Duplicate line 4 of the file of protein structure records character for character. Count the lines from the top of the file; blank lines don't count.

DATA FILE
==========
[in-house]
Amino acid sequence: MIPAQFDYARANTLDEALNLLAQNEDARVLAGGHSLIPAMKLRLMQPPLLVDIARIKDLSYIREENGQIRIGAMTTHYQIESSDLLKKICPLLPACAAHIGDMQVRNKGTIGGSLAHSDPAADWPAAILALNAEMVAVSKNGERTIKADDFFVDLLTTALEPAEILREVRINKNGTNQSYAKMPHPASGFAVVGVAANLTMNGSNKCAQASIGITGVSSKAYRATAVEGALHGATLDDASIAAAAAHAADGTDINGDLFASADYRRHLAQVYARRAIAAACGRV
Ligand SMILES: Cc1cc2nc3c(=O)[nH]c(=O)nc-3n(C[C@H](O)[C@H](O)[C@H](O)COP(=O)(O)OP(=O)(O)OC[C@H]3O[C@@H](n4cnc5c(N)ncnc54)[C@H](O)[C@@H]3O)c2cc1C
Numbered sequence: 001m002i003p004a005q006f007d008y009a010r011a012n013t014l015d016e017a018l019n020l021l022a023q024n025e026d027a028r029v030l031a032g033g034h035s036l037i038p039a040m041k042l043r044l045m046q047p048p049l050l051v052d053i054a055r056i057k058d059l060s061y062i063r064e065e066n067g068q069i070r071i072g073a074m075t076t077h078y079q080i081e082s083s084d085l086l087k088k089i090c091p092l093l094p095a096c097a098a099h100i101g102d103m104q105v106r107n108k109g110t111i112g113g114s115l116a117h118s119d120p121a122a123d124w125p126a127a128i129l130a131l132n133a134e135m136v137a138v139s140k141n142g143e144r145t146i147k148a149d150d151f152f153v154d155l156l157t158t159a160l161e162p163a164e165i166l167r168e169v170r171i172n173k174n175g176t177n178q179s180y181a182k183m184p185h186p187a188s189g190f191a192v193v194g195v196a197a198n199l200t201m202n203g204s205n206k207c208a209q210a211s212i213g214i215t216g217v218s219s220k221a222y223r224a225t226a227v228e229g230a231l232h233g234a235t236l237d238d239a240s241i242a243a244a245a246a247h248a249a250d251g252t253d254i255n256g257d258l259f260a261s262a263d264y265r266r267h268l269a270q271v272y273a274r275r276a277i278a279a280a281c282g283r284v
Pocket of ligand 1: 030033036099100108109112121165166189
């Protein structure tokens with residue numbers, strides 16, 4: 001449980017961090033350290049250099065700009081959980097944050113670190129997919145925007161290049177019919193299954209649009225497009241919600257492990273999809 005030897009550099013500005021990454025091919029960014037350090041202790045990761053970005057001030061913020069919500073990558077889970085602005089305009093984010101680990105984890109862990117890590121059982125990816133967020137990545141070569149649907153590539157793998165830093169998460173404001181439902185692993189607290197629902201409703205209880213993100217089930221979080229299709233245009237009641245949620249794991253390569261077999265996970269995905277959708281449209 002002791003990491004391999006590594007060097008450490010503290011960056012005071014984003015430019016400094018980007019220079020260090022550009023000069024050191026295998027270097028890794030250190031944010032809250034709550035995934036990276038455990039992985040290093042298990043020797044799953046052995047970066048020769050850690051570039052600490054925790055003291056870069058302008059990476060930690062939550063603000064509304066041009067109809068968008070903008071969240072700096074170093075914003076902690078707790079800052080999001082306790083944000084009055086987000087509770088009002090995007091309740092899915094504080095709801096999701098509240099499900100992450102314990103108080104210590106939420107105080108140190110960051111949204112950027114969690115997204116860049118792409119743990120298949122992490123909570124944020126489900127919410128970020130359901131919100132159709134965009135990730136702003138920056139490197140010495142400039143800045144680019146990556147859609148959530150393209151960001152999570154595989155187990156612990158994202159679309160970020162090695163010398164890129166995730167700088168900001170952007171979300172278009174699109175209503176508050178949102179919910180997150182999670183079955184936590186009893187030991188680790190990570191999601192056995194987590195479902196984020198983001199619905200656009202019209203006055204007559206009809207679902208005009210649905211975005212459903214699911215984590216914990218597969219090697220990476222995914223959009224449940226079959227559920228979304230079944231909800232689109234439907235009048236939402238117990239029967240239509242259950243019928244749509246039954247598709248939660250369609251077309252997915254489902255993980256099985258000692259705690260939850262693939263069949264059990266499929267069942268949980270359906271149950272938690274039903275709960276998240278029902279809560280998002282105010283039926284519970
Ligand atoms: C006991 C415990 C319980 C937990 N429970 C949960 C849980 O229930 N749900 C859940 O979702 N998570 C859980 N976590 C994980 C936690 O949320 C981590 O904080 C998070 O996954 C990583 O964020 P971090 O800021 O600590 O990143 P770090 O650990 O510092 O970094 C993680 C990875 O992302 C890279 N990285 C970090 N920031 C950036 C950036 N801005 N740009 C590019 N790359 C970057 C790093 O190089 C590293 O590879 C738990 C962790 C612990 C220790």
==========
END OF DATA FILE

Numbered sequence: 001m002i003p004a005q006f007d008y009a010r011a012n013t014l015d016e017a018l019n020l021l022a023q024n025e026d027a028r029v030l031a032g033g034h035s036l037i038p039a040m041k042l043r044l045m046q047p048p049l050l051v052d053i054a055r056i057k058d059l060s061y062i063r064e065e066n067g068q069i070r071i072g073a074m075t076t077h078y079q080i081e082s083s084d085l086l087k088k089i090c091p092l093l094p095a096c097a098a099h100i101g102d103m104q105v106r107n108k109g110t111i112g113g114s115l116a117h118s119d120p121a122a123d124w125p126a127a128i129l130a131l132n133a134e135m136v137a138v139s140k141n142g143e144r145t146i147k148a149d150d151f152f153v154d155l156l157t158t159a160l161e162p163a164e165i166l167r168e169v170r171i172n173k174n175g176t177n178q179s180y181a182k183m184p185h186p187a188s189g190f191a192v193v194g195v196a197a198n199l200t201m202n203g204s205n206k207c208a209q210a211s212i213g214i215t216g217v218s219s220k221a222y223r224a225t226a227v228e229g230a231l232h233g234a235t236l237d238d239a240s241i242a243a244a245a246a247h248a249a250d251g252t253d254i255n256g257d258l259f260a261s262a263d264y265r266r267h268l269a270q271v272y273a274r275r276a277i278a279a280a281c282g283r284v